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It has been claimed by some, as disproving the necessity of Jesus as our Ransomer, and his blood (death) as our ransom price, that the word propitiation, used by the apostles, merely means that Jesus was the channel through which God exercised pardon—the mercy-seat or place of mercy—and that therefore the accepted idea, that Jesus made satisfaction or appeasement for our sins is erroneous, and not the proper meaning to attach to the expression, "propitiation for our sins."

In proof of the above, they call attention to the fact that in Rom. 3:25, the same word is rendered propitiation which in Heb. 9:5 is rendered mercy seat. Here they leave the matter, evidently considering it proved.

We object, that in so construing it they are at variance with the Greek scholarship of the world. We read—"He (Jesus) is the propitiation for our sins, and not for ours only, but also for the sins of the whole world"; and again—"Herein is love, not that [R420 : page 6] we loved God, but that he loved us, and sent his Son—the propitiation for our sins." (1 John 2:2 and 4:10). In both cases the Greek word rendered propitiation is hilasmos. Its definition by able Greek scholars is—"What appeases"—"What propitiates."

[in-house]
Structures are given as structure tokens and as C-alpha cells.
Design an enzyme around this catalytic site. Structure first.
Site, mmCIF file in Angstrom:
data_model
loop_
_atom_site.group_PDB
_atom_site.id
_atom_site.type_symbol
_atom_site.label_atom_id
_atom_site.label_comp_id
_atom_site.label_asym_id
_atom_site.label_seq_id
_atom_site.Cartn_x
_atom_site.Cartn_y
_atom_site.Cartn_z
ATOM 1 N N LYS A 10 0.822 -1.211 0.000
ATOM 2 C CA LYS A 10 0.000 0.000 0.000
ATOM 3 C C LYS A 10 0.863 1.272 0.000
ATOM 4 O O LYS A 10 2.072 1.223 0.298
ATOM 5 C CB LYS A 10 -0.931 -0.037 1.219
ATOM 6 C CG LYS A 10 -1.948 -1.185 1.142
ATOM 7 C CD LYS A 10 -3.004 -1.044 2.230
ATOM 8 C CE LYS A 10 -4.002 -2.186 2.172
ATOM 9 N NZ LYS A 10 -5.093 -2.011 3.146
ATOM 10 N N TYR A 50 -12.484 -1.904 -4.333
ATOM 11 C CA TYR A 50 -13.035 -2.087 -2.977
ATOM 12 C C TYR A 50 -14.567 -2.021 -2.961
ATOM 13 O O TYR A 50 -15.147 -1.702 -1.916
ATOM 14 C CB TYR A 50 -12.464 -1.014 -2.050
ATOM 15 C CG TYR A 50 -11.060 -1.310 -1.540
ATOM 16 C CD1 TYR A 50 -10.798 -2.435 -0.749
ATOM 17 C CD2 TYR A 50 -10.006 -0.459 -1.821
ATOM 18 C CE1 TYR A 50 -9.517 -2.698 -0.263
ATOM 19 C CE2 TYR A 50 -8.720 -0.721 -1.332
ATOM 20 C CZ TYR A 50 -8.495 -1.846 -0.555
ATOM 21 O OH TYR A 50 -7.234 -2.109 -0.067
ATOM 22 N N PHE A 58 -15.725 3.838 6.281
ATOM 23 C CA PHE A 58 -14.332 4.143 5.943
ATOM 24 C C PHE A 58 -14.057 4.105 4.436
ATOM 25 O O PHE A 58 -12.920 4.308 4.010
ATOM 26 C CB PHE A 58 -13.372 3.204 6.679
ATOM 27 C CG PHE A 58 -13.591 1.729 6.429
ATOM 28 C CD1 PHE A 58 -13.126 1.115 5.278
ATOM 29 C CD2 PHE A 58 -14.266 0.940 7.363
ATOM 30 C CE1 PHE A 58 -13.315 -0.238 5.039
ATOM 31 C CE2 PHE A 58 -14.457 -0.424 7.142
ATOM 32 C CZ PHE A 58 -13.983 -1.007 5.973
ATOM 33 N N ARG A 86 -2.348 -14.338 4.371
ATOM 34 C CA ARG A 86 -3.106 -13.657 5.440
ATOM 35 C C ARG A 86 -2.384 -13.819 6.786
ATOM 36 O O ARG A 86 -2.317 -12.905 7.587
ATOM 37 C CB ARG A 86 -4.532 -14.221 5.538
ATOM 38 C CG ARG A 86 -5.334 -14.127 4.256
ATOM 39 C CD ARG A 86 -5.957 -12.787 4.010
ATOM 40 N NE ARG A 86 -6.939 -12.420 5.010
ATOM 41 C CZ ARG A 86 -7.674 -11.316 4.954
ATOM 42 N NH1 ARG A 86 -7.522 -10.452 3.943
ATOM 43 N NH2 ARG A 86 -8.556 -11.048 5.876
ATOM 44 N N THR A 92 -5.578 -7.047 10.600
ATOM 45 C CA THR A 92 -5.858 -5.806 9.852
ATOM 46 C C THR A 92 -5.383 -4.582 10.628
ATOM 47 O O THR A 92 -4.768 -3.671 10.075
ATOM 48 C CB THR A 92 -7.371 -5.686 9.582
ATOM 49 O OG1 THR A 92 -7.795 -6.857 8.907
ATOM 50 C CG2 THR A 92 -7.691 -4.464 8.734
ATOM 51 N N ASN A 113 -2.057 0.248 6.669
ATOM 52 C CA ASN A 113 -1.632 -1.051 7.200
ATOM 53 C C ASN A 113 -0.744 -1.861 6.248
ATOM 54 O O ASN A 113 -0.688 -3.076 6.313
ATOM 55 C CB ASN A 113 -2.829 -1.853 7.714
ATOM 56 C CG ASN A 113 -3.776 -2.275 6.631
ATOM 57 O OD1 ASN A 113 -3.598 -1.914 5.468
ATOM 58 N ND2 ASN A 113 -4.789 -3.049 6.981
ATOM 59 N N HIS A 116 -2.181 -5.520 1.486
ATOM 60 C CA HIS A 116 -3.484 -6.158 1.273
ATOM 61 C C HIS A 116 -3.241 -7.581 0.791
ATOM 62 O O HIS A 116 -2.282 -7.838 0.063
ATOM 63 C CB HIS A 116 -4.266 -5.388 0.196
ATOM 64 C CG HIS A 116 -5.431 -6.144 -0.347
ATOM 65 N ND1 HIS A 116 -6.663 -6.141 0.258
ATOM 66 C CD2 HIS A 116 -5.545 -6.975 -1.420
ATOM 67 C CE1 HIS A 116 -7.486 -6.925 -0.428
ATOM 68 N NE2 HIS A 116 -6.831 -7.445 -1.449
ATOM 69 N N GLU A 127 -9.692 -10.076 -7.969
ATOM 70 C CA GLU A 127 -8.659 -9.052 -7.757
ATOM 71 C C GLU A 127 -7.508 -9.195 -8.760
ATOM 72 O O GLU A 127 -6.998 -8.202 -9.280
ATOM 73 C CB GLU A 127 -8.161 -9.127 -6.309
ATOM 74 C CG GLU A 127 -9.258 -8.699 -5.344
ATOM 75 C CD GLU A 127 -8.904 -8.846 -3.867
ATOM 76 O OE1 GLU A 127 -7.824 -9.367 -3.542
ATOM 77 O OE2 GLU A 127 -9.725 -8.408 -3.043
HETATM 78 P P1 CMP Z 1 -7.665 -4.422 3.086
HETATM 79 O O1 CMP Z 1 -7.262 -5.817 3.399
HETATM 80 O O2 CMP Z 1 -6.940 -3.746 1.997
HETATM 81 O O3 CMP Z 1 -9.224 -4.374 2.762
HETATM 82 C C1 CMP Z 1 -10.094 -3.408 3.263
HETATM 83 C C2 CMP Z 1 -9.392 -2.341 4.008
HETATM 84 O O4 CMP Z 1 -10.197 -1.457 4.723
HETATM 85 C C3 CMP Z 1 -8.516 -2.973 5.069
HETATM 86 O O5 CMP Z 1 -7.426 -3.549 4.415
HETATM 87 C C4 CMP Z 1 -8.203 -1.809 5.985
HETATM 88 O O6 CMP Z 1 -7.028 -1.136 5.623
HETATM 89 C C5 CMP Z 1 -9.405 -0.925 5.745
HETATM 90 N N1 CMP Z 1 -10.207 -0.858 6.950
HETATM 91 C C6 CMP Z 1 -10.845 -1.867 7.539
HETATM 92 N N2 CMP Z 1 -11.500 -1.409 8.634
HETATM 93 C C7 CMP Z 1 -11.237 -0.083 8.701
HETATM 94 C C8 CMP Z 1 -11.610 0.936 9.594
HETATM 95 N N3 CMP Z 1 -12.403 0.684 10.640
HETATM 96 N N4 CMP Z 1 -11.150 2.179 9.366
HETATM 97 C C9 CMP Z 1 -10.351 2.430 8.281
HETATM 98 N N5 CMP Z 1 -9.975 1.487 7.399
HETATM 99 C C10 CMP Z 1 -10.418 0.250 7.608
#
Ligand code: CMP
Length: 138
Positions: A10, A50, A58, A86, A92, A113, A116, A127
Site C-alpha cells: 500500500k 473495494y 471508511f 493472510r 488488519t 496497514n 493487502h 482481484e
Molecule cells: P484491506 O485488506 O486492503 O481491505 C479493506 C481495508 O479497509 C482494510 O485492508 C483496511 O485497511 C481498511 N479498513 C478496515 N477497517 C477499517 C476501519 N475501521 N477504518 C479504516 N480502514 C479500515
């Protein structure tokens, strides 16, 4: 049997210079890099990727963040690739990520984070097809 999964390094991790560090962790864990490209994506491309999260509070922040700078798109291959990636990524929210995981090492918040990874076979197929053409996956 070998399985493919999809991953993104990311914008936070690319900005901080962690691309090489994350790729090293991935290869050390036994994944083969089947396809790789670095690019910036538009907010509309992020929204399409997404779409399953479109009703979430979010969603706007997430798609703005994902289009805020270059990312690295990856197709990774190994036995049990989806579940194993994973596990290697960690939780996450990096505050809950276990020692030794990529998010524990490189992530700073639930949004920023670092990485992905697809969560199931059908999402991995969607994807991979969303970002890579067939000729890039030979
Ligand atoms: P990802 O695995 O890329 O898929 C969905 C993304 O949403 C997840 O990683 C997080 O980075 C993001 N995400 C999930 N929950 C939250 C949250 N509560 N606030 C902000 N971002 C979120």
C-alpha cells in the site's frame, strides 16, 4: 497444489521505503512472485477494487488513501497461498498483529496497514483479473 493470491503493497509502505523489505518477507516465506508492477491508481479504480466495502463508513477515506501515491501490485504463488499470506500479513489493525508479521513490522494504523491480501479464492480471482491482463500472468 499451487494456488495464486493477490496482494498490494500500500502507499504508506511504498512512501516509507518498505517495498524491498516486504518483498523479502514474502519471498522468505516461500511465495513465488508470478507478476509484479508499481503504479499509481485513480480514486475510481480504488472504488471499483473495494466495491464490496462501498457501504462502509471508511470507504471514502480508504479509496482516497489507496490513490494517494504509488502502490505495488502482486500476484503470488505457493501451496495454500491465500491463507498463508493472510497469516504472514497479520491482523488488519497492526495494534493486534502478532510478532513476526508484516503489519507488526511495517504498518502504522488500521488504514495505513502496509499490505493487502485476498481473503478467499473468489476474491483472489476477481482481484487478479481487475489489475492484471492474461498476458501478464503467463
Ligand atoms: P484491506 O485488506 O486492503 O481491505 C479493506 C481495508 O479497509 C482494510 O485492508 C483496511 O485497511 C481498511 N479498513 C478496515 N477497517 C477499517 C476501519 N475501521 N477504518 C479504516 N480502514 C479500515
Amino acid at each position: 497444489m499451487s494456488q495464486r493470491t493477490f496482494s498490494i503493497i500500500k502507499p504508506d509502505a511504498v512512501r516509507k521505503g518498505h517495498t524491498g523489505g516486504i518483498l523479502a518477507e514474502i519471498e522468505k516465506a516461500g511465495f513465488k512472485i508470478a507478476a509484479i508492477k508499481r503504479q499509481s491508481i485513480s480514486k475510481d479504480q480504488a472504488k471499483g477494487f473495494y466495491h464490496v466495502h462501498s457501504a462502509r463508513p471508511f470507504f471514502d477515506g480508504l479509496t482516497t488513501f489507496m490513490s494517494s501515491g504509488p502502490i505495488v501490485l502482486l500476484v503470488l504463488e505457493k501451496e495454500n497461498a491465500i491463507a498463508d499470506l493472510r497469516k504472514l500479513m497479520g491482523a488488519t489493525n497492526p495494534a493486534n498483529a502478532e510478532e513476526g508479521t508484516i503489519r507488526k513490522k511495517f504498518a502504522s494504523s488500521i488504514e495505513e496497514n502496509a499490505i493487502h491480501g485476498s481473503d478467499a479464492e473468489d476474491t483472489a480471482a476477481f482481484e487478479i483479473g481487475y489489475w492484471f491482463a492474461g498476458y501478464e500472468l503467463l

These are the only instances in which this Greek word (hilasmos) is used in Scripture, and we know of no translation which uses any other word than propitiation as a translation of it. As the word propitiation is but vaguely understood, we here give you Webster's definition of its meaning—"The act of appeasing wrath and conciliating the favor of an offended person"—"atonement or atoning sacrifice." Read the above texts in the light of this definition, and you will see that as John understood the subject, there was need of a redeemer and a ransom.

Concerning Heb. 9:5, and Rom. 3:25, we would say: The Greek word here used is entirely different from the above; it is hilasterion; nevertheless, it stands related to the former. Young translates it "place of appeasement." In the Tabernacle was the Ark, and the top of it, a solid lid of gold, was the spot upon which the High Priest sprinkled the blood of the sin-offering, which God accepted as the satisfaction for sins of the under Priests and of Israel (typical of the church and of the world also). This slab of gold forming the cover of the ark, was therefore called the "Mercy-seat" (or spot) because there, by God's arrangement, mercy was obtained. In the Hebrew the word is kapporeth, meaning—"place of (sin) covering"; and in the Greek, hilasterion, meaning—"place of appeasement."

With this explanation, we trust all will be able to see the true meaning of "propitiation," and "place of propitiation or appeasement" (mercy-seat), and not allow any one to cover the meaning of these very forcible expressions.

Rotherham's translation of Rom. 3:25 reads thus: "Whom God set forth to be a propitiatory covering through faith in his blood," etc.